Let’s assume we want to hire engineers who are “smart guys who get things done”.
Translating this expression to corporate-speak frequently seen in job descriptions, “smart” means “quick learners”, while “get things done” means “excellent problem solvers”.
Here is my preferred interview routine.
Before the Interview
- the hiring manager takes the job description, translates it into a list of areas of expertise to be evaluated during the interview
- the hiring manager talks to the interview team. Each interviewer picks an area of specialty to questions the interviewee, prepares problems to ask.
- remind the team which questions they are not allowed to ask (in US this includes age, religion, family status and many others)
- The hiring manager ensures interview tools and – usually white board, computer – and calendar invites. Allocating 1 hour (including a break) per interviewer is usual – sometimes longer time may be necessary. Panel of 4 interviewers is typical – one of those being the hiring manager.
During the Interview
We would like to identify and hire engineers with top technical abilities. One can think of engineer’s technical ability as
ability(t) = learningSpeed * t + experience
where ability(t) is person’s technical capability over time, experience is the experience the person already has at the time of the interview and learningSpeed is how fast the person can learn.
Best hires have both learningSpeed and experience high – these individuals are likely star performers, highly prized and hard to find.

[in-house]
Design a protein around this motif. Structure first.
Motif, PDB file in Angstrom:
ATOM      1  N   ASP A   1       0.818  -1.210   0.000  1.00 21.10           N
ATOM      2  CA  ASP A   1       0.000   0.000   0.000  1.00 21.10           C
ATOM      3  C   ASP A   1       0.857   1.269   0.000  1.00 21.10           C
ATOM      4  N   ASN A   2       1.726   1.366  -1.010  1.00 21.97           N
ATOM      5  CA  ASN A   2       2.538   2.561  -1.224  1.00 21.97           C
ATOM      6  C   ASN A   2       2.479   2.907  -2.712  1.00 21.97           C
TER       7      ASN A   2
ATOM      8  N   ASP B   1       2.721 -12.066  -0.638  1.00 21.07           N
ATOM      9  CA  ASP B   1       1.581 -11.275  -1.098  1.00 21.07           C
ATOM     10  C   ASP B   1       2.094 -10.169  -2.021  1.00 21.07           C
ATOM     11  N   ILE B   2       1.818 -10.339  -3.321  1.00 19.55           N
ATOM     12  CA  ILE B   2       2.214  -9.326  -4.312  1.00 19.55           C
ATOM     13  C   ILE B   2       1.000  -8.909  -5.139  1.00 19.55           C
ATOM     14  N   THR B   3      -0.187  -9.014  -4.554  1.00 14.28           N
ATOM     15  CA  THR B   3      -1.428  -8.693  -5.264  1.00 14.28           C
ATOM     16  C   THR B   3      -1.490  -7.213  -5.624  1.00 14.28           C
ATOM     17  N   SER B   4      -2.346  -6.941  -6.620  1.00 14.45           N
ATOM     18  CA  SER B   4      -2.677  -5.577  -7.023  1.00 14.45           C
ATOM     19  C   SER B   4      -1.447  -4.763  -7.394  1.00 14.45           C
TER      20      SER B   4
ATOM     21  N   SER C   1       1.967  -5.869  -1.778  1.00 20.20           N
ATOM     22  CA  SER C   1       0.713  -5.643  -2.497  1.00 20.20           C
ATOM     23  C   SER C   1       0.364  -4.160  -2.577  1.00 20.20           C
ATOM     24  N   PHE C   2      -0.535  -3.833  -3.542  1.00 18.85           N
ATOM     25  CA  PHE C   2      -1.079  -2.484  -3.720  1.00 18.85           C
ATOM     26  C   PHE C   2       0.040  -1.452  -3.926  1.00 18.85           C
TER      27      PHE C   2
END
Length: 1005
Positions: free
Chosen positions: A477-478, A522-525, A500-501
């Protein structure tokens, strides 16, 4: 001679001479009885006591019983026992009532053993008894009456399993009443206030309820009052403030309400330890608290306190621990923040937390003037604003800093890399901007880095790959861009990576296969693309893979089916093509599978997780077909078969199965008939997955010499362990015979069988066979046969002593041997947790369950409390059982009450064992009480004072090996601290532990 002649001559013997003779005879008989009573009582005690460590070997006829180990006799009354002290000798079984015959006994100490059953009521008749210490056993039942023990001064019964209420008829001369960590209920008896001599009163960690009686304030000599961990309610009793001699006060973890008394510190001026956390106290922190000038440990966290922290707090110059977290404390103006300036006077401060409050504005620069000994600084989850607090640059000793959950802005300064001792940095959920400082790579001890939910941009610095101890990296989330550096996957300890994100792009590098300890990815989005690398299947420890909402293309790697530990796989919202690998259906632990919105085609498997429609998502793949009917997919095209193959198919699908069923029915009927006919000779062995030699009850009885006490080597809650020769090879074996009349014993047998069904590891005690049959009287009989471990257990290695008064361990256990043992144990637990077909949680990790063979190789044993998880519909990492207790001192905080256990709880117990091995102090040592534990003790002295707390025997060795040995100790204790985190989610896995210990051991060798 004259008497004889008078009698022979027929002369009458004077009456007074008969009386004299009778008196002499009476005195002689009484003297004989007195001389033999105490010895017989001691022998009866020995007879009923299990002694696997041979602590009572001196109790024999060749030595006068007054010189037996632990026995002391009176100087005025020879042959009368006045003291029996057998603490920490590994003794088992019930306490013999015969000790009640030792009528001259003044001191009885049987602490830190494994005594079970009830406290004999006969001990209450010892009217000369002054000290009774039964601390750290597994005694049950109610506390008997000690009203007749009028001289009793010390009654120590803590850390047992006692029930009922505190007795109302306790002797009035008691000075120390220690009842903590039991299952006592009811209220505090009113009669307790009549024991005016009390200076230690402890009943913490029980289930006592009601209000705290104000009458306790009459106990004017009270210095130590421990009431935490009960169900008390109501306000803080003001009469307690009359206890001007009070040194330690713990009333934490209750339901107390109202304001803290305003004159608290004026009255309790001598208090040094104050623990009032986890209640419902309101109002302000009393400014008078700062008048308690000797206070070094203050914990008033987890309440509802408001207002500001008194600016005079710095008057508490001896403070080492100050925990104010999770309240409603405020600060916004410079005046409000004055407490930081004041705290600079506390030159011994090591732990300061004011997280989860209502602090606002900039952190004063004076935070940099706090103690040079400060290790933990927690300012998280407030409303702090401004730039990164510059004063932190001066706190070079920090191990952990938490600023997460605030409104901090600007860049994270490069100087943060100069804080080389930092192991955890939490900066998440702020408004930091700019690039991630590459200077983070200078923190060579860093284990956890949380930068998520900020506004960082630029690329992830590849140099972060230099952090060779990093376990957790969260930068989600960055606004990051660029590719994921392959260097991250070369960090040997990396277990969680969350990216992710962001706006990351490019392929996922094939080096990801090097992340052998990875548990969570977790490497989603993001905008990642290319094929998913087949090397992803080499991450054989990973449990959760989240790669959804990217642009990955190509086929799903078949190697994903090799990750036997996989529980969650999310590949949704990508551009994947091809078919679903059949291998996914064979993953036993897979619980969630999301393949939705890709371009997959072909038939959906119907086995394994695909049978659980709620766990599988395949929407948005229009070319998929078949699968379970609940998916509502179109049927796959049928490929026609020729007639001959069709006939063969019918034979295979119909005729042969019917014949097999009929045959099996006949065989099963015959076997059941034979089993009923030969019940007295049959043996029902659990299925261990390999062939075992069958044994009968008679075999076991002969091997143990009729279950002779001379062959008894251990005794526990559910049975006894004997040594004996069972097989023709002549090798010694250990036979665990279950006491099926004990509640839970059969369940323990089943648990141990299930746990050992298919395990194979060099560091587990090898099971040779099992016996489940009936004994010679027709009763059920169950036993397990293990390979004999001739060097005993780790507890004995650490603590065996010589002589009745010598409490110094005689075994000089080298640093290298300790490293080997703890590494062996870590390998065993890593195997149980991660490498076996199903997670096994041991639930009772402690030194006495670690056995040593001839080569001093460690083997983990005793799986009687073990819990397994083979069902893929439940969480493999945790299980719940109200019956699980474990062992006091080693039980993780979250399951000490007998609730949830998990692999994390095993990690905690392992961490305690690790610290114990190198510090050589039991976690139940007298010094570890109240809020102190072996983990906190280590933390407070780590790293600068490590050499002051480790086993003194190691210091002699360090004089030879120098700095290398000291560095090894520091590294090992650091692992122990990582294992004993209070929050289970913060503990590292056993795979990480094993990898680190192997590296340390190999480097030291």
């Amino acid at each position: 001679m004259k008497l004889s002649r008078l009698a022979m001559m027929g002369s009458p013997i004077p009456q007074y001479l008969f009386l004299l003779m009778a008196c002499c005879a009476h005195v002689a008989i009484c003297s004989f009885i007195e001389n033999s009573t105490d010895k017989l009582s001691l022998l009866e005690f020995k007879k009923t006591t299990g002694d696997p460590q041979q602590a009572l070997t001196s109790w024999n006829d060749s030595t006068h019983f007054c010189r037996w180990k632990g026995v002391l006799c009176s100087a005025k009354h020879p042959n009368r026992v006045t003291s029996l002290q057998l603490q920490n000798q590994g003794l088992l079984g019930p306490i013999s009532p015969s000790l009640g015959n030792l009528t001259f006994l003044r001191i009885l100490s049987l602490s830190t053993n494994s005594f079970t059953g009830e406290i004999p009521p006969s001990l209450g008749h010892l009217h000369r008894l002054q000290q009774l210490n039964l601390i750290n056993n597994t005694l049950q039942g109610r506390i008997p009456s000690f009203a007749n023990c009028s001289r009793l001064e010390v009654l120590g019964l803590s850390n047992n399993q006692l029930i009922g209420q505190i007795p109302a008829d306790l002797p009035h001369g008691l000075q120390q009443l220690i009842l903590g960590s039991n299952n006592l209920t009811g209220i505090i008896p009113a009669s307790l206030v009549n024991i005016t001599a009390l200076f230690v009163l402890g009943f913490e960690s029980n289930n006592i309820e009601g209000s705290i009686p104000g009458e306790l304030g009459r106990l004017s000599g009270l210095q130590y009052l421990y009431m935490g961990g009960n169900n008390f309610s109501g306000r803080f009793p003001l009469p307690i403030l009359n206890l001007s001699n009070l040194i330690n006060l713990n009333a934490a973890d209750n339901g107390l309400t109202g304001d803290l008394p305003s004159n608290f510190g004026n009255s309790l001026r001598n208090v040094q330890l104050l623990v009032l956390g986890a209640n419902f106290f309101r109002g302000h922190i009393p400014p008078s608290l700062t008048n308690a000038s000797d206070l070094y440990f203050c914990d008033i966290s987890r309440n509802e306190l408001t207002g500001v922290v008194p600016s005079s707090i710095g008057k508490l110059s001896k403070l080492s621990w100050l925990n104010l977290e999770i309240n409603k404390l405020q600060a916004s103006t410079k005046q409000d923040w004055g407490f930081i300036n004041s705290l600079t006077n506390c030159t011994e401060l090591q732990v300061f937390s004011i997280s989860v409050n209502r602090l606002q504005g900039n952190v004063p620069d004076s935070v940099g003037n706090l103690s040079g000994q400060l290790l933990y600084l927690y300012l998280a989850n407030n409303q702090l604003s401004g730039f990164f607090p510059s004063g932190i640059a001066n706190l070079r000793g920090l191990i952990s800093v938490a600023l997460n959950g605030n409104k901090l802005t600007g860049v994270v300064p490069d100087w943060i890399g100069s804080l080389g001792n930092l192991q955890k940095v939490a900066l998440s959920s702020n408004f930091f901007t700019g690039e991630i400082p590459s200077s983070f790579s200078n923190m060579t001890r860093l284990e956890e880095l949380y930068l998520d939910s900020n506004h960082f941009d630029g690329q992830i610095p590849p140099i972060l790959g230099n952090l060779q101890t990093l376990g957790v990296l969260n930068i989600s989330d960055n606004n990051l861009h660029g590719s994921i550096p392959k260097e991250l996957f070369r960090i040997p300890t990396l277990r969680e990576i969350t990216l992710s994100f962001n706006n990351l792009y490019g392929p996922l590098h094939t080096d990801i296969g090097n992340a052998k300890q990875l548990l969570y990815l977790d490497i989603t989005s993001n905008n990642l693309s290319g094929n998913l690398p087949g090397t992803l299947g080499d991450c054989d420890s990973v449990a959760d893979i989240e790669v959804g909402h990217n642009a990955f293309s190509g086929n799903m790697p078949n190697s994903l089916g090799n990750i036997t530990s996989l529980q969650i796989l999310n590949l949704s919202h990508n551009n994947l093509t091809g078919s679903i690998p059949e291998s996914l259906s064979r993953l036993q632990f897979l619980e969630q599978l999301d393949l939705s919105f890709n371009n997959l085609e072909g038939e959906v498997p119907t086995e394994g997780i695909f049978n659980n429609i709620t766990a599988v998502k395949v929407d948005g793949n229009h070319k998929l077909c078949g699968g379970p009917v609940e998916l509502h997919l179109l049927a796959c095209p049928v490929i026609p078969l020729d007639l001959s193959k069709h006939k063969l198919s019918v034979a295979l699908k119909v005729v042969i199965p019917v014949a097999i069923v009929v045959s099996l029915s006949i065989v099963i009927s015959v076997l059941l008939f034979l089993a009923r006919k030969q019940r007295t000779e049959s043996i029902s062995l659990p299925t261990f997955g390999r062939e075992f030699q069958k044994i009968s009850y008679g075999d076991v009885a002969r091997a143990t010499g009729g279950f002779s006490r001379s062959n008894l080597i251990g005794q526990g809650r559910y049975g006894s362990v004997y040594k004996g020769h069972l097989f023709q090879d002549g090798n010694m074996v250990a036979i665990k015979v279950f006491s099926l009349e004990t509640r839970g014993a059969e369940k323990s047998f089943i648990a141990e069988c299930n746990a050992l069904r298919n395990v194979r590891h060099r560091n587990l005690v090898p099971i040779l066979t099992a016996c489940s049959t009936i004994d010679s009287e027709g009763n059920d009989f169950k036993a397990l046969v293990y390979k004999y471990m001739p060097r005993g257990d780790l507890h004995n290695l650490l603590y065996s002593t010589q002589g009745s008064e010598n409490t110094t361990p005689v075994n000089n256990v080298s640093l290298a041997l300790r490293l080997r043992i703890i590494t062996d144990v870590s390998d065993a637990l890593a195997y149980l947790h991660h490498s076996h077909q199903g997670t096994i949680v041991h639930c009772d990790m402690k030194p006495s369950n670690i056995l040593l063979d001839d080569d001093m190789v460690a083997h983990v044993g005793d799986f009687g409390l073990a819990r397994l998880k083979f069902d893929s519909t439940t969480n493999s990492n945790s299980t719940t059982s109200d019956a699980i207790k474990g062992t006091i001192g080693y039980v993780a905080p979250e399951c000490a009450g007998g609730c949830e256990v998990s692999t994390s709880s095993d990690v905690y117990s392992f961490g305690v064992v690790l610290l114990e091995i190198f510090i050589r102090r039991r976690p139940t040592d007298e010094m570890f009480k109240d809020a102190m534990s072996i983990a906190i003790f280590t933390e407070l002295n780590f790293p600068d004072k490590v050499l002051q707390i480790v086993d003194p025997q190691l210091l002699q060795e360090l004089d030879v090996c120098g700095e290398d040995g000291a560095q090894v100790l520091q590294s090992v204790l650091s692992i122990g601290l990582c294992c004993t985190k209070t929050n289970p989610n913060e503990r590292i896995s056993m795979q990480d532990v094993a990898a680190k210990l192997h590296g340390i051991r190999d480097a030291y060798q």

Next best are those with high , low experience – “high promise”, also known as “potential star performers” – and low learningSpeed, high experience individuals, who fall under the category of “experienced professionals”.
During the interview
- Each interviewer asks problems, similar to Google and Microsoft style, as opposed to chat about previous experience.
- It is acceptable to chat about previous experience to map out breadth of interviewee’s background, yet problem solving is far higher priority and should consume most of the time.
- Example: ask software development candidate to code problems.
- Example: ask digital design candidate to design a circuit, simulate it and synthesize it.
- Interviewer should always ask same problems to interviewees – asking same problems to all interviewees makes it easy to compare interviewees “apples to apples” and collect statistics for grading – explained below.
Now, let’s look at how we can assess learning speed vs experience.
Assessing K – Quick Learner Ability
- At least interviewee – usually the hiring manager – should ask a common sense problem solving question, Microsoft style. The common sense problem should not require previous knowledge of or experience in any particular technical area. Success likely indicates the candidate is “quick learner”, ideally and hopefully regardless of candidate’s experience and area of expertise.
- Ask a problem specifically outside of candidate expertise – something the candidate does not know. Keep the problem simple. Let the candidate take time, Google tutorials and find a solution without any help.